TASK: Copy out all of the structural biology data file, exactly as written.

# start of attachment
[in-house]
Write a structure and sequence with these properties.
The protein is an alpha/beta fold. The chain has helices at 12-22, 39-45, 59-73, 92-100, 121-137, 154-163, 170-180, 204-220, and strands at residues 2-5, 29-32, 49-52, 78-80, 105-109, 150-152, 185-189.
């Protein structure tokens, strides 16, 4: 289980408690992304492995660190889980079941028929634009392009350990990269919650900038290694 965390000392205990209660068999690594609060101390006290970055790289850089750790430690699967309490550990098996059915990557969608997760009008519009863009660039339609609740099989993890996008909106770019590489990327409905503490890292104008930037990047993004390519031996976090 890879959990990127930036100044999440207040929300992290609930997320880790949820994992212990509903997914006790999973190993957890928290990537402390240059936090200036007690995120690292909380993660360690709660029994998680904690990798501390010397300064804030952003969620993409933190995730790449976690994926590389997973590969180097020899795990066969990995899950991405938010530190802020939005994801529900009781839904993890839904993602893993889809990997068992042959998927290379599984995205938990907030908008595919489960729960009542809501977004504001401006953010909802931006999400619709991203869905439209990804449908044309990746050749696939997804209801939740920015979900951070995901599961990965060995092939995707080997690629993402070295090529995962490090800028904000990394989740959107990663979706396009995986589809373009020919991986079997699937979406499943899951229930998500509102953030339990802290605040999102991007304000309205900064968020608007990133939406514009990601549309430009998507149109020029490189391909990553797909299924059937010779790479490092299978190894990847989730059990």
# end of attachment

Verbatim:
[in-house]
Write a structure and sequence with these properties.
The protein is an alpha/beta fold. The chain has helices at 12-22, 39-45, 59-73, 92-100, 121-137, 154-163, 170-180, 204-220, and strands at residues 2-5, 29-32, 49-52, 78-80, 105-109, 150-152, 185-189.
């Protein structure tokens, strides 16, 4: 289980408690992304492995660190889980079941028929634009392009350990990269919650900038290694 965390000392205990209660068999690594609060101390006290970055790289850089750790430690699967309490550990098996059915990557969608997760009008519009863009660039339609609740099989993890996008909106770019590489990327409905503490890292104008930037990047993004390519031996976090 890879959990990127930036100044999440207040929300992290609930997320880790949820994992212990509903997914006790999973190993957890928290990537402390240059936090200036007690995120690292909380993660360690709660029994998680904690990798501390010397300064804030952003969620993409933190995730790449976690994926590389997973590969180097020899795990066969990995899950991405938010530190802020939005994801529900009781839904993890839904993602893993889809990997068992042959998927290379599984995205938990907030908008595919489960729960009542809501977004504001401006953010909802931006999400619709991203869905439209990804449908044309990746050749696939997804209801939740920015979900951070995901599961990965060995092939995707080997690629993402070295090529995962490090800028904000990394989740959107990663979706396009995986589809373009020919991986079997699937979406499943899951229930998500509102953030339990802290605040999102991007304000309205900064968020608007990133939406514009990601549309430009998507149109020029490189391909990553797909299924059937010779790479490092299978190894990847989730059990």